MINNEAPOLIS – As Kentucky fans began to think there was a fourth set Friday, Nebraska players and coaches started collecting…
MINNEAPOLIS – As Kentucky fans began to think there was a fourth set Friday, Nebraska players and coaches started collecting a rally.
No. 6 Huskers had handily won the first two sets of their NCAA volleyball regional semi-final match the 10-ranked wild cats.
But the third set was another story to the end.
The wild cats broke into a line 18-11, but Huskers rallied and outscored Kentucky 1
4-5 to complete a 25-17, 25-20, 25-23 victory that moved them to Saturday’s 17.00 regional final against No. 14 Oregon .
The Ducks upset No. 2 Minnesota 3-1 Friday to advance to the regional finals for the first time since 2012, when the regional semifinals and finals were played at the then CenturyLink Center in Omaha.
After losing the first set 25-21, Oregon won a marathon second set 41-39 before it ended the Gophers season with wins 25-14 and 26-24.
Nebraska defeated Oregon 25-21, 25-21, 26-24 on August 25 at VERT Challenge in Lincoln. It was the first season for Huskers after an opening loss to Florida.
The winner of Kentucky was the 11th consecutive victory for 27-6 Huskers, who has now advanced to seven consecutive regional finals. Nebraska has made the regional finals 16 times in coach John Cook’s 19 seasons in Lincoln.
“I think Kentucky was struggling with our serve, blocking and defending the first two games,” Cook said. “We are the first defense in the country, and until you play us it’s hard to deal with it.”
Mikaela Foecke, who led all players with 14 killed, knew Huskers had to get Kentucky’s best shot after the break after the second game.
“When you get out and you’re down 0-2 you obviously want to play very hard,” said Foecke. “Your season is on the line at this time. You almost do not play to lose. We did not necessarily show the elasticity we should have in the beginning.”
“I think they utilized it from us. About half way through the race, we really started fighting and showed that we would win. “
Nebraska’s rally from its junction deficit began with a couple of deaths by Foecke, who came from two of the 38 assistants as beginner Nicklin Hames. An ace of another freshman defensive specialist Megan Miller, Nebraska will defeat 18-14.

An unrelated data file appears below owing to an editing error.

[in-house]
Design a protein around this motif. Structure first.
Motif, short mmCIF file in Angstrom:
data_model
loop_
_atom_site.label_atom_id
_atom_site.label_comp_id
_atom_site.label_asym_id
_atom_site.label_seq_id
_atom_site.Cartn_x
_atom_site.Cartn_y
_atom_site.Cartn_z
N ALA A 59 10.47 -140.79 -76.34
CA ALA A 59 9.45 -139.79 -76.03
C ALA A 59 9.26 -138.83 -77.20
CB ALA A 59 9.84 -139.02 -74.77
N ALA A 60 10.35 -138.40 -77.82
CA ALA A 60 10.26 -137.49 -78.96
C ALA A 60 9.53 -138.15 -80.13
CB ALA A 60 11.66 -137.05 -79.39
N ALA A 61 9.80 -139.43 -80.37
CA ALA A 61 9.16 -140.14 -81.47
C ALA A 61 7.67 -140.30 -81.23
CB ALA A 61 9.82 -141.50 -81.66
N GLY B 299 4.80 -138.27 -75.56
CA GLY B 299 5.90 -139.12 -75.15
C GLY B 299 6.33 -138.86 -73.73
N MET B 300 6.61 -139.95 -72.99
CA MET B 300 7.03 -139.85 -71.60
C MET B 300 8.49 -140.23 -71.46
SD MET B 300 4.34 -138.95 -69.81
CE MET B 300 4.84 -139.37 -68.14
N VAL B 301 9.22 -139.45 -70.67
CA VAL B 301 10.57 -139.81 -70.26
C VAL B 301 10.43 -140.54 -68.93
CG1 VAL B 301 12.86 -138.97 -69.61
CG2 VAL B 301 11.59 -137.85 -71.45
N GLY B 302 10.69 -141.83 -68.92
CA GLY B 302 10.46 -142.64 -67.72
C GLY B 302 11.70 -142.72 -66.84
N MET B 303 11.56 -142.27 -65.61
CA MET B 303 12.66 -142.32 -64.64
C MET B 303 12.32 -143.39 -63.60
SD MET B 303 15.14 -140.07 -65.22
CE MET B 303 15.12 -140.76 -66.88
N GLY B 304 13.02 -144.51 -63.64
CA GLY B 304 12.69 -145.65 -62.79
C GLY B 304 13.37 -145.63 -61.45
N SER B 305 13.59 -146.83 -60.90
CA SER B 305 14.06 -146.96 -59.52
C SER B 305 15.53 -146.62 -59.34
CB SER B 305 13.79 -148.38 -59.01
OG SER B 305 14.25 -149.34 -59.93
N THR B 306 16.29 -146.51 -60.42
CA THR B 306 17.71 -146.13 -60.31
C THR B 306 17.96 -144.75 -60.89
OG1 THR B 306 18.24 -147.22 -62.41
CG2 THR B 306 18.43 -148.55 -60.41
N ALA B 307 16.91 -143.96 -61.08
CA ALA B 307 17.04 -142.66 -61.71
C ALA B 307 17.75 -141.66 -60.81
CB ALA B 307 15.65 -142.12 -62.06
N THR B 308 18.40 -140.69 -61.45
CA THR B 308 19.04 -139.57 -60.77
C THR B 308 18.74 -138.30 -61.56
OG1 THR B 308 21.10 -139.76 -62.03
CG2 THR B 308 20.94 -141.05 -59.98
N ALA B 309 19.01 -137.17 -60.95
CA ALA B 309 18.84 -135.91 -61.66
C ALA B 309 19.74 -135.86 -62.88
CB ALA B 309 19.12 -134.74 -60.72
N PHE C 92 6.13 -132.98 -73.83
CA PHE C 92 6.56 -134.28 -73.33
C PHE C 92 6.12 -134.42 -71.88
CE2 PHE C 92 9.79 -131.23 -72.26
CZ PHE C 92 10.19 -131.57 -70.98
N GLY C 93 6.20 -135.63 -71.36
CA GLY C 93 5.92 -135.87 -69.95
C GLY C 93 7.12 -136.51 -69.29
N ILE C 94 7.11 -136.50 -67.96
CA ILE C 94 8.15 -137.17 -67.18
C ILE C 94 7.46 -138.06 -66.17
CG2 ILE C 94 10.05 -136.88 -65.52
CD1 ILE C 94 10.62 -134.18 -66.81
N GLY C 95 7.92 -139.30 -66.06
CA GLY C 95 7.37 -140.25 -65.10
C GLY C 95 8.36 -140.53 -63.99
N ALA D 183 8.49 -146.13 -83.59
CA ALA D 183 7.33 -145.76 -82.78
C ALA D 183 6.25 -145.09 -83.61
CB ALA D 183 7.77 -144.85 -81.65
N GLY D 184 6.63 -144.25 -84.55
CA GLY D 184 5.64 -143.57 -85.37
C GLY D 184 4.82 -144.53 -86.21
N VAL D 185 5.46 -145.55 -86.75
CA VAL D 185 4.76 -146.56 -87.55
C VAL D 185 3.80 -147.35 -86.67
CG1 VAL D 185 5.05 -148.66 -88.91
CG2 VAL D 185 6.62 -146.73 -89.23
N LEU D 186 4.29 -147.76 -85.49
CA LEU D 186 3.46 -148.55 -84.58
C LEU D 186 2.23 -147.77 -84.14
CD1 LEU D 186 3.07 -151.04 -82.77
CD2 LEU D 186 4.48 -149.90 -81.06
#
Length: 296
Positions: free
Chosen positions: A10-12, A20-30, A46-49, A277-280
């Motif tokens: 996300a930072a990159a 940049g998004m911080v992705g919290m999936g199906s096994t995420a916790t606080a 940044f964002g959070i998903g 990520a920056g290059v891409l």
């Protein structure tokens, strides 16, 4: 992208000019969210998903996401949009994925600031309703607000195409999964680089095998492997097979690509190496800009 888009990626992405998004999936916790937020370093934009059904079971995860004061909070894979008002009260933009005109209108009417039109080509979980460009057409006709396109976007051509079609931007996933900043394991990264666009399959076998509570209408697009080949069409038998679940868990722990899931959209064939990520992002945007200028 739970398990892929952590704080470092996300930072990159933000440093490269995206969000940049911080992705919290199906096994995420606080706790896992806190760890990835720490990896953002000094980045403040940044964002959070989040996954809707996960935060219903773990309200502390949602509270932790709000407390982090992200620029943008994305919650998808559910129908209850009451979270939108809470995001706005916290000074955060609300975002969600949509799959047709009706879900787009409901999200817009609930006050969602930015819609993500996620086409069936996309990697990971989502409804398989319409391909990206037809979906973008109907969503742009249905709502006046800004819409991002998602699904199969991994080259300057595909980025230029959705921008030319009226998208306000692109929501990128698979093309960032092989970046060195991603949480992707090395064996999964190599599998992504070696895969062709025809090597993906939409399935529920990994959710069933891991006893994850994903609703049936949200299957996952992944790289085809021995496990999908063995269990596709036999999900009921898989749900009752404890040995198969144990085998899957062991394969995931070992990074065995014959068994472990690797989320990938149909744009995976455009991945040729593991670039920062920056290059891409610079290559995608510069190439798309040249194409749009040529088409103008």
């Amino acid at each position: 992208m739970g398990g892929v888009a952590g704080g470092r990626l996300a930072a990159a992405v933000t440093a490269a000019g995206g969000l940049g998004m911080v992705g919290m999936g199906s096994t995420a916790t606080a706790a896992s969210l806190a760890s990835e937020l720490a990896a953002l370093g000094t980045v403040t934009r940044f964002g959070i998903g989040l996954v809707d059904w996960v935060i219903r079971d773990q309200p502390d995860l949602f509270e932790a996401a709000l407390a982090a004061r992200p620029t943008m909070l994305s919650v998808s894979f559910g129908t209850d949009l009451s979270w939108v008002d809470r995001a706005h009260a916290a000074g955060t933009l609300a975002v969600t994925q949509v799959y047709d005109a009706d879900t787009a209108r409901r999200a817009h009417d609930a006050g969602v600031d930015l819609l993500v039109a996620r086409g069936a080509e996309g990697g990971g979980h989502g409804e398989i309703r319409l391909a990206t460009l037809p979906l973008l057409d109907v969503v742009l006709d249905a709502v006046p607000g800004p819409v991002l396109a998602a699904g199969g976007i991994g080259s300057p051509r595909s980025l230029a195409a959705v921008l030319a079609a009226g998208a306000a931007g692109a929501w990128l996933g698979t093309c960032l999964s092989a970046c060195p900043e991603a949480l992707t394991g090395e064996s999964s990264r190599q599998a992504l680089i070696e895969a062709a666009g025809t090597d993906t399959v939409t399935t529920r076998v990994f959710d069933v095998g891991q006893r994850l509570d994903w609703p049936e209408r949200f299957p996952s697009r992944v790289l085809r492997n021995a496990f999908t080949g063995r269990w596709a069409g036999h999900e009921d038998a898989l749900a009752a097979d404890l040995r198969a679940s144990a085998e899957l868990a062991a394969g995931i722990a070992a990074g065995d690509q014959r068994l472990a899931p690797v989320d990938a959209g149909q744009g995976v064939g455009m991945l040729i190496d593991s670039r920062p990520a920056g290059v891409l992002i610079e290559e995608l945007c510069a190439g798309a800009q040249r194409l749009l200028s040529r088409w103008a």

Kentucky recouped a Miller service error before Huskers went on a 3-0 run to reach 19-17 when sophomore Lauren Stivrins had two deaths and the wildcats had an attack error by Avery Skinner.
The wild cats won three of the four following points to draw 22-18 and start thinking about extending the match to a fourth set.  A death of sophomore Lexi Sun and a block of sophomore Jazz Sweet and freshman Callie Schwarzenbach moved Nebraska to within 22-20 before a death by Brooke Morgan produced what proved to be Kentucky’s last point for the season.
Sweet and Foecke had the big swings that produced the last five po o one in the game and kept Nebraska dreams of defending their national championship is going strong.
With Nebraska subsequent 23-20, Sweet linked to kill from both left and right to get Huskers to w in one for the first time since the score was 7-6.
Foecke said it was nice to see Sweet come back in his swinging track after a tough Big Ten season.
“The two big killers were a huge torque switch for us and really gave us a lot of confidence,” says Foecke. “She then looks up and takes big ripples on it at an important moment when we really need her to be good. “
Foecke followed by the last three deaths, but it was a bit intriguing for the 24th point. It was originally assigned to Kentucky before being re-examined. Sweet demanded a breakthrough, but Cook quickly used one of his challenges for coaching to take a look at the game.
“I had everyone screaming at me and I’m trying to ask Jazz about Leah Edmond, and she is
NOW assistant Jaylen Reyes” be over it, “said Cook .
“That’s why I rent these young guys,” he says. said, “because they can see everything better than I can”.
Foecke then finished the match with his 14th death to win, improving Nebrask’s all-time NCAA tournament match to 111-31 (.782) second best win percent behind just Stanford (.796).
Cook said he was proud of Husker’s resiliency to rally in the crucial third game.
“It has been built all year,” said Cook. “Learning to win those close matches – we lost them back in October. It’s a lot of the big ten preparations, there’s what you saw.”
Sun, who did not play in the Nebraska August match against Oregon, said that Friday’s comeback shows the progress made by Huskers. She is also hopeful that growth will continue on Saturday against the ducks.
“Just knowing that at the start of the season, we probably would not have been able to do that,” said Sun. “I think it only shows our growth throughout the season. We came together as a team, we really struggled together as a team, and I think it paid.”
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